In spite of the ShopRite Classic organizers best efforts to thwart any possibility of walking in the front gate of the tournament in a good mood, I loved the tournament and will always make a concerted effort to attend. This tournament represents one of the most important charitable efforts in South Jersey and rewards so many. This tournament is the foundation of Atlantic City Golf and represents what is could be. However, every day we all must learn to do whatever it is that we do better and improve upon the past.

Monday, June 05, 2006

A Fine Friday at the ShopRite Classic

It was a great pleasure to take Adam, the Atlantic City Golfer's 18 month old son, to the ShopRite LPGA Classic early Friday morning. He knows golf, but in a different way than we do. It is clear that he likes the flowers around the course and the smell of them more than he cares about the clubs, balls, tee, bag, flag-stick or anything else related to golf. Irrelevant and charming to say the absolute least.

But, one thing that 18-month-old boys are fond of, are women, especially young beautiful ones. It's pure instinct and an LPGA event is the perfect place to witness this instinct rise to the surface. But logically, women love them back and have an almost instant attraction to children this age. It is a fit made in heaven and just as it should be.

As father and son wandered past the practice greens that Friday morning during the opening tee times, Morgan Pressel who the Atlantic City Golfer had watched the day before at the practice range, was putting and loosening up. Slowly walking around the ropes, we seemed to somehow be the only three at the practice green. Instinctively the beautiful Ms. Pressel and Adam saw each other and she walked over.

"What is your name little man?"

"Adam", said dad.

"How old are you Adam?"

"18-months", said dad.

"What beautiful blonde hair and blue eyes you have."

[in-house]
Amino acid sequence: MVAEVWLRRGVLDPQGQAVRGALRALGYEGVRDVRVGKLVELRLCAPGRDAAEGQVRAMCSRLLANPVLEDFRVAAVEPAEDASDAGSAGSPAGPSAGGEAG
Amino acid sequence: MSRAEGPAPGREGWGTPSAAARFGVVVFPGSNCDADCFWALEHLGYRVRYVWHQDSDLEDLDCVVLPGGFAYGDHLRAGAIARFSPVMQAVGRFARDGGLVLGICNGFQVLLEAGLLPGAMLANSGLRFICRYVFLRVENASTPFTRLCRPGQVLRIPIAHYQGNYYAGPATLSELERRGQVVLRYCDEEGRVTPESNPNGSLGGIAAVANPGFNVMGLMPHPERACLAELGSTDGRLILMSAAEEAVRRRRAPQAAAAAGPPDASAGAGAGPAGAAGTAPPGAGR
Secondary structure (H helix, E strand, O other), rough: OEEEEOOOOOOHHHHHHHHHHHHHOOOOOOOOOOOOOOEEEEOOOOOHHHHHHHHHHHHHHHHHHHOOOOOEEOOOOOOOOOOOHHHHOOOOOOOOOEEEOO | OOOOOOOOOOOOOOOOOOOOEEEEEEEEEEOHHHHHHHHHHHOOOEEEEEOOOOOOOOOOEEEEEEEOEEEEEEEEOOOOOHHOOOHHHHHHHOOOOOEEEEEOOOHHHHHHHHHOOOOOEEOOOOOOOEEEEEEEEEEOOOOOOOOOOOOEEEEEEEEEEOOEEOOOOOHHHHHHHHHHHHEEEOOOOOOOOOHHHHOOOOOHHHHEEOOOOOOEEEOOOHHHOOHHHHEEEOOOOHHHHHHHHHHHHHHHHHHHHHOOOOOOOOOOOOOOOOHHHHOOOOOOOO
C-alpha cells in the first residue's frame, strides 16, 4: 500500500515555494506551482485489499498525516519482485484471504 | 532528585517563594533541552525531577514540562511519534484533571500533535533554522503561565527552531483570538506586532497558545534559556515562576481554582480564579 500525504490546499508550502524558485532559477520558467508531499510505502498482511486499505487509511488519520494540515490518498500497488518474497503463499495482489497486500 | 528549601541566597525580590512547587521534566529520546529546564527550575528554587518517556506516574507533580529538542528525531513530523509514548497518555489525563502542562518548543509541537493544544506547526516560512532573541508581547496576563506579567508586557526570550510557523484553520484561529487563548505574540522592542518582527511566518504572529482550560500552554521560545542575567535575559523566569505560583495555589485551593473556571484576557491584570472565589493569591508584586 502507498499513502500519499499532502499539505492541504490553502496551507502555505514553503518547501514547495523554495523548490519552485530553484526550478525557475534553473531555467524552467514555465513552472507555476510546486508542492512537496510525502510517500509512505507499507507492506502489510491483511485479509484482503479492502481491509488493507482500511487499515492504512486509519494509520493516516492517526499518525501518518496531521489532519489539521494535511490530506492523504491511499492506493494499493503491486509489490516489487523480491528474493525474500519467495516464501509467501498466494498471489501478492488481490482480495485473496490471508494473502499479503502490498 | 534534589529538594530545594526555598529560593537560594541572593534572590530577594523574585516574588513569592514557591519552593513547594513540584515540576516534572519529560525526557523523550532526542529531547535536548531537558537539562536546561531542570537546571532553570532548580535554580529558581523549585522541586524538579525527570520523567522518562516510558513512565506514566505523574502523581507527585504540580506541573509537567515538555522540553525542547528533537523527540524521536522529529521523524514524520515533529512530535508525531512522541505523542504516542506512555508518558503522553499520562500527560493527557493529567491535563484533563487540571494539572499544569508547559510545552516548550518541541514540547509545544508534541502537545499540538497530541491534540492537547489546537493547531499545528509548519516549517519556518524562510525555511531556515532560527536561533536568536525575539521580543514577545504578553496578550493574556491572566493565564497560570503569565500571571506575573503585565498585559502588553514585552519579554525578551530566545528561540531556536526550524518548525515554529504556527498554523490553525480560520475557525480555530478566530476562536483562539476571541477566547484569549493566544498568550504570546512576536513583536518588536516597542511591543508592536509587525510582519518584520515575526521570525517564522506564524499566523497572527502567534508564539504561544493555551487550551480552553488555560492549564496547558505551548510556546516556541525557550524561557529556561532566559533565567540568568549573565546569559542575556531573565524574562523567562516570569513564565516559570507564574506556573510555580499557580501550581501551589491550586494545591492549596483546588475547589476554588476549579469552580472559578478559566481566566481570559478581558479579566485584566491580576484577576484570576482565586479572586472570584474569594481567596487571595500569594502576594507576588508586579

"Thank you", said dad. He went on, "Oh, you mean Adam . . ."

She smiled at Adam and never seemed to notice dad.

Ms. Pressel reached out in an offer to hold Adam. He accepted. Where was the shyness that is offered to most strangers that grace his path daily? I guess he understood that you don't leave Ms. Morgan Pressel hangin'.

She held Adam for about a minute and then set him down. We thanked Ms. Pressel and wished her the best. She said, "Bye Adam". It was a beautiful and proud moment for dad.

Ms. Morgan Pressel teed off 30 minutes later and went on to shoot a 5-under-par, 66 on the Bay Course in the opening round. Just 2 shots behind a blistering opening round of 64 of Annika Sorenstam.

Saturday, June 03, 2006

Thursday Pro/Am At The ShopRite Classic

Having never attended a Pro/Am at any event, the Atlantic City Golfer decided to give it a whirl. The only preconceived notions of a Pro/Am come from the numerous events seen on TV where famous individuals from entertainment pair up with the golf pros. The Pebble Beach Pro/Am with Bill Murray lighting up the course with his humor and talent. However, the miracle of television allows for selected scenes from the tournament and a complete perspective of the event is never really apparent. Most amateur golfers at these events just suck, or maybe it seems more so because of the quality of the LPGA Pros.

After taking the pilgrimage to the ShopRite LPGA Classic on Thursday, the first hole seemed a great place to start. Teeing off was Nina Reis with her foursome.

There were several unique elements that had never crossed the ACGolfer's mind. The first was that the LPGA Pros walked while the Amateurs had the option of riding. While gazing around the course, not all Amateurs rode, but many did. The second element that actually made sense was that the LPGA Pros always hit last. This just made logical sense.

What clearly stuck out the most was the amount of cigarette and cigar smoke that Nina had to endure. There seems to be only two kinds of smokers; those who are conscientious of their smoke and those who aren't. Nina's group was the latter. As a smoker, the ACGolfer is in the first group. Watching this spectacle was an embarrassment to smokers everywhere.

That said, she played like a champ and ultimately took her group to the Thursday winner's circle. It was a pleasure to watch.

After following Nina for nine holes, I moved over to the practice range where the opportunity was had to watch some the LPGA's finest practice in every conceivable fashion. The ladies had free run of Seaview's range and no spot was left ungraced. They were hitting in every direction, over each other and at every conceivable target they could find. A real highlight was watching the young, rising star Morgan Pressel practice. It was an unusual style that would surprise most, but during her first round yesterday with an opening 5 under par, it is a style that seems to work.

Tuesday, May 30, 2006

Dogleg Left, Not Right

After a trip around the block today, the Atlantic City Gofler learned that parking for the ShopRite LPGA Classic has moved to Stockton from the Galloway Township Municipal Building. Instead of making a right off the Garden State Parkway, make a left. Follow this about a mile look for the big sign on the right for Stockton. There are also lots of LPGA signs too.